In celebration of the publication of our latest book, Staying Healthy with Diabetes — Planning and Managing Your Pregnancy, we are pleased to welcome our first guest post from Joslin patient and diabetes blogger, Kerri Sparling.
Right now, sleeping in the next room and bundled up all snuggly in her crib, rests my daughter. She’s seven months old today, and she’s the most wonderful little person I’ve ever known. I didn’t realize how much I missed her in my life until I met her for the first time.
Growing up, I wasn’t even sure I wanted to have kids. It’s hard to think about becoming a mom when you’re still a child yourself. I knew I wanted to go to college, I knew I wanted to have adventures with someone I loved, but kids? It took me a while to get there, mentally. Once I had decided that I wanted to have a family, I planned way in advance. Before I even met my husband, I was already working to become a mother, changing my diabetes management plan from multiple injections to a pump. We both knew, and were told by my medical team at Joslin, that a healthy pregnancy with diabetes didn’t just start with conception – it began months beforehand.
After my wedding, I worked for over a year to really tighten up my diabetes control, tracking everything from my blood sugars to my food intake to my determined attempts at regular exercise. A few months before trying for a baby, my endocrinologist at the Joslin Clinic in Boston recommended I switch over to the diabetes and pregnancy clinic offered at Beth Israel Deaconess, so I could tighten my control even further in preparation for my future child.
My medical team, knowing my history of struggling for an A1C under 7% without excessive hypoglycemic episodes, advised me to shoot for 7% flat before trying to conceive. After two months, I finally hit my goal, and my husband and I took that leap of faith. And we were blessed with a positive pregnancy test that very first month.
During the course of the next eight months, diabetes management was the focus of the majority of my life. I have never stalked my blood sugars with more rapt attention than I did when I was carrying my daughter. Every fasting blood sugar was logged and analyzed, and I wore my Dexcom continuous glucose monitor ever day to help me keep tabs on my numbers. There were dozens of ultrasounds, two fetal echocardiograms, bi-monthly lab work sessions, and countless appointments with CDEs and my endocrinology team from Joslin, and the high-risk OB/GYN team at the pregnancy clinic. Nothing mattered more than keeping myself healthy so that my baby would be healthy.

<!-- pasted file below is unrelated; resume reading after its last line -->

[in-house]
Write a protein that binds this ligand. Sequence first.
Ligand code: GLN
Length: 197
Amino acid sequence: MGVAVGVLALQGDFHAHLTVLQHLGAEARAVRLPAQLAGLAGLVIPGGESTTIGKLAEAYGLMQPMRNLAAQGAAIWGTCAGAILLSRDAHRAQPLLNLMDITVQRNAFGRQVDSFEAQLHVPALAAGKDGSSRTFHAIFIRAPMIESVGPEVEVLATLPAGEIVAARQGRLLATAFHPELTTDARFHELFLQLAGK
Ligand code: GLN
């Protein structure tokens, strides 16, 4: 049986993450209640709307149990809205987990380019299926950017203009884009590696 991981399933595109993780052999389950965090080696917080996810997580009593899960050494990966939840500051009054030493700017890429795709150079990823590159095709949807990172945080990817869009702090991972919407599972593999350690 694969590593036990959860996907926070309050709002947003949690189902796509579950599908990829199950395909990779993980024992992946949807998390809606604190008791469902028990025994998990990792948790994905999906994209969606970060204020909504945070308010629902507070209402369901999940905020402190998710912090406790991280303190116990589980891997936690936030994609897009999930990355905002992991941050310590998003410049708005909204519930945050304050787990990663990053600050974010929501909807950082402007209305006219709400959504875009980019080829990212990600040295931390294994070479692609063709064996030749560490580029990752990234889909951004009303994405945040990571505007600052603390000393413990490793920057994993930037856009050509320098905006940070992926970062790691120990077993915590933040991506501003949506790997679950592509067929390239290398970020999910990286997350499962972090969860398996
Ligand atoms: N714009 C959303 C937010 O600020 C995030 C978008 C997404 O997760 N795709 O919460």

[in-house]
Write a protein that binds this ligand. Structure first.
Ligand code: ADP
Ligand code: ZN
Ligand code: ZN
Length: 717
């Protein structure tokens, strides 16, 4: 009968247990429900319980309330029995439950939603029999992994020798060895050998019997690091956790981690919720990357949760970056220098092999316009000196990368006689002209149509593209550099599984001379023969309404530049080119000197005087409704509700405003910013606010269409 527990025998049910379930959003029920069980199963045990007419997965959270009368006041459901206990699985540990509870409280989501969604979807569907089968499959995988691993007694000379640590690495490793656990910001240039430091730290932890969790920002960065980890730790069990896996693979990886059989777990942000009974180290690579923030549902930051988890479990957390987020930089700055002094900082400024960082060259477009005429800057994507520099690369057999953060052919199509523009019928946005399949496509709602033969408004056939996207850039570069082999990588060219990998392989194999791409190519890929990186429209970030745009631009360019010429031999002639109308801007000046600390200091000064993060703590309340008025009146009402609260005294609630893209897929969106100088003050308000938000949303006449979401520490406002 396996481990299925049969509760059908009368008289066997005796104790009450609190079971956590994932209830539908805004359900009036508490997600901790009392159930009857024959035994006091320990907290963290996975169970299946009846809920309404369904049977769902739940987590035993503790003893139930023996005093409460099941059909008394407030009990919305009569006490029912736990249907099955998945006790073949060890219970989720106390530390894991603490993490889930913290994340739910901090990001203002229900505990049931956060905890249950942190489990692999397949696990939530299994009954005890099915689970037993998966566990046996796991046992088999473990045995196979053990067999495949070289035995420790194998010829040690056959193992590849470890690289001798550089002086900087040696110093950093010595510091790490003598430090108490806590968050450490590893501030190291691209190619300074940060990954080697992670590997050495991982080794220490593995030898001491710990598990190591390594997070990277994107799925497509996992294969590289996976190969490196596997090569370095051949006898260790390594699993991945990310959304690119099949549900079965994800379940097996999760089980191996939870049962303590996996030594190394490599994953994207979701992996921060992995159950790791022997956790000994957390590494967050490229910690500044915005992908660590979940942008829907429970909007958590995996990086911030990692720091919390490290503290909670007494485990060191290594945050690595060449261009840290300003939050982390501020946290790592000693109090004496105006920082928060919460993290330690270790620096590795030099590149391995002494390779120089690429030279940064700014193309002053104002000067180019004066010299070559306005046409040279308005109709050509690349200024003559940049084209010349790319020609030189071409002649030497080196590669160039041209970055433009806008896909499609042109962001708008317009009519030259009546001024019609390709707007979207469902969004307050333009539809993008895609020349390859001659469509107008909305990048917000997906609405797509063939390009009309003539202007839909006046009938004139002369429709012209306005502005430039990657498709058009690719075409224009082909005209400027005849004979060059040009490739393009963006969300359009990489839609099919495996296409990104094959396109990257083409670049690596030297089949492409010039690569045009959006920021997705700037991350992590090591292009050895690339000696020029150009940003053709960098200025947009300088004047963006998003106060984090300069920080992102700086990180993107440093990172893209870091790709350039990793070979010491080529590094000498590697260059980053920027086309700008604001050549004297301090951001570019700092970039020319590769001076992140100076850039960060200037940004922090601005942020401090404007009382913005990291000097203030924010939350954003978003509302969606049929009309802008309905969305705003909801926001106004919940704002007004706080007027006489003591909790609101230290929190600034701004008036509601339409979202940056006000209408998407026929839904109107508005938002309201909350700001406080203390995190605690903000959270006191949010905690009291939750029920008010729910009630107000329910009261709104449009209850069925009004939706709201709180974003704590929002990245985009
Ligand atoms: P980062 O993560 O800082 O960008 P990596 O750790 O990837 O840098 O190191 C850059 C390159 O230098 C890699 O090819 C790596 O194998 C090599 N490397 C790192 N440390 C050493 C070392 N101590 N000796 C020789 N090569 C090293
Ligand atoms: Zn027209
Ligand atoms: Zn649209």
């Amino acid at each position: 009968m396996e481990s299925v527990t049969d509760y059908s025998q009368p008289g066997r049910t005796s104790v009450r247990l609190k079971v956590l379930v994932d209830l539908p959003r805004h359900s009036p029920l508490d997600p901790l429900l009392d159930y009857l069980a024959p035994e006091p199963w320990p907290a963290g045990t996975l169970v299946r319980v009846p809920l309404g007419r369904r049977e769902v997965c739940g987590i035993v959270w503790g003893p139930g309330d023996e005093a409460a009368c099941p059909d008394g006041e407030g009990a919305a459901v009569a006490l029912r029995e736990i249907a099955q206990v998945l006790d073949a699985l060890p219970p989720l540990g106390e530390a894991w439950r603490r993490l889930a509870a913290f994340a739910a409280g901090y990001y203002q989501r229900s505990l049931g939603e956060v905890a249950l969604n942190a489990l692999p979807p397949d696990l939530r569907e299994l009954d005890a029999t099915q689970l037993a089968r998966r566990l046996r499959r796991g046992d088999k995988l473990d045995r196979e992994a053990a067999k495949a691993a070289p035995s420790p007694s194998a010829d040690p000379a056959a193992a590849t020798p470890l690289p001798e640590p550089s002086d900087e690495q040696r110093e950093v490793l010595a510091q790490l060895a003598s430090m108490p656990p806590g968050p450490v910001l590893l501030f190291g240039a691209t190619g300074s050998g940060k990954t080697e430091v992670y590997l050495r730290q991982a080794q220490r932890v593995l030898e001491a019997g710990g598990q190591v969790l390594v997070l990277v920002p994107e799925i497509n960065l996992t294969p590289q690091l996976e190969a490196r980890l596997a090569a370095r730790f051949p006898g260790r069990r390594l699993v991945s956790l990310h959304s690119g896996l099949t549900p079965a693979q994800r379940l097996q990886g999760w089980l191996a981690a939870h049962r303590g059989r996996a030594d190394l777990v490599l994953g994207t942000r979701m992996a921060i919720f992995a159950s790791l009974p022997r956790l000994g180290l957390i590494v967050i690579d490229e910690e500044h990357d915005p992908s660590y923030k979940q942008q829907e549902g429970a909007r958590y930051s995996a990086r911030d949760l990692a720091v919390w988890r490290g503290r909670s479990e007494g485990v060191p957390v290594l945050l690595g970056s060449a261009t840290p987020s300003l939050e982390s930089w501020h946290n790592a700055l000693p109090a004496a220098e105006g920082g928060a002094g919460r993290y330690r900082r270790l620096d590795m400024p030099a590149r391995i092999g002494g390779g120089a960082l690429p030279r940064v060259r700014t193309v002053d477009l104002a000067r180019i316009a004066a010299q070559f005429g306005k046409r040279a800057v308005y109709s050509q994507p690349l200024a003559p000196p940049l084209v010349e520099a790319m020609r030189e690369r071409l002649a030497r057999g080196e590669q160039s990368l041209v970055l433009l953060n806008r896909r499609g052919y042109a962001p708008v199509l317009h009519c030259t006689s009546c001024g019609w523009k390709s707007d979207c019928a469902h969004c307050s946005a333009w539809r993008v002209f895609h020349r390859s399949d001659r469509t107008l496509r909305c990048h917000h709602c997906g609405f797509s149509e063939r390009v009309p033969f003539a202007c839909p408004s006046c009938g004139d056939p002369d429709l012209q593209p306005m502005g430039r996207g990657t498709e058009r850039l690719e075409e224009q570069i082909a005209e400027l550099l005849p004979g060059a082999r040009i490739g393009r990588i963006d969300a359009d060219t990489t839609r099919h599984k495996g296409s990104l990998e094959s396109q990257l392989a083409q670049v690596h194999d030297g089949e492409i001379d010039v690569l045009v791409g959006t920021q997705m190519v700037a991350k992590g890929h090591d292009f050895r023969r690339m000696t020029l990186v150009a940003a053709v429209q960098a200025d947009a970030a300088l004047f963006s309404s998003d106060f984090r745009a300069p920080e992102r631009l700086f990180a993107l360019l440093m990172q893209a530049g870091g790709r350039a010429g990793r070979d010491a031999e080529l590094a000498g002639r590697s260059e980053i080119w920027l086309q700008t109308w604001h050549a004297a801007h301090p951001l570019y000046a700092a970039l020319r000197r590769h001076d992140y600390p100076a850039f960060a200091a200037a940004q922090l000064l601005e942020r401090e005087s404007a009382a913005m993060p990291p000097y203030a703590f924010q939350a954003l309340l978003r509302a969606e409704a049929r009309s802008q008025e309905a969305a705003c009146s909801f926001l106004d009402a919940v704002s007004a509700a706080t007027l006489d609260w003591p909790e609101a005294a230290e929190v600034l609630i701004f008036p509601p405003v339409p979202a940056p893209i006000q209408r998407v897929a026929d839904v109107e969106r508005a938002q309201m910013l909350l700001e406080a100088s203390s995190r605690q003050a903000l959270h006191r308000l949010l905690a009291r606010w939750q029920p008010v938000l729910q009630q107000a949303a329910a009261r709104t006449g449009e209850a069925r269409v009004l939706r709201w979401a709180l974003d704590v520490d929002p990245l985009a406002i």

There were many scary moments. Like when I was seven and a half weeks along, and there was an afternoon of bright red spotting. I spent the day in the emergency room, praying for the safety of my baby while they scanned me with the ultrasound machine. Every high or low blood sugar gave me pause as I nervously worked to correct the numbers and protect my growing child. And when my medical team advised me that a c-section delivery was best, due to my diabetic retinopathy, I felt defeated. Like any parents-to-be, my husband and I worried incessantly, prayed consistently, and loved our child-to-be intrinsically.
The last few weeks of my pregnancy were very stressful. In addition to managing pre-existing type 1 diabetes, I ended up with pre-eclampsia, and spent the last month of my pregnancy on bed rest in the antepartum suites of Beth Israel in Boston. But despite the constant doctor’s appointments in the months leading up to and including my pregnancy, and despite the hospitalization at the end of my pregnancy, my eye was still on the prize. I wanted that healthy baby. I wanted to meet my daughter and feel that maternal mix of pride and love, knowing that I did it.
And on a very sunny Thursday morning this past April, after the epidural was administered and the surgeon began the c-section, my daughter was born into this world. Her heart was strong, her cry was loud, and her healthy birth was worth every moment panic and stress. And it was strange – all that worry? All that work? It all melted away when I saw her face and held her close that first time.
About Kerri Morrone Sparling:
Kerri has been living with type 1 diabetes since 1986 and has been writing the diabetes blog Six Until Me since early 2005. A passionate diabetes advocate, Kerri speaks regularly at digital media conferences about the impact of blogging on patient health. She currently lives in New England with her husband, their daughter, and a small army of cats.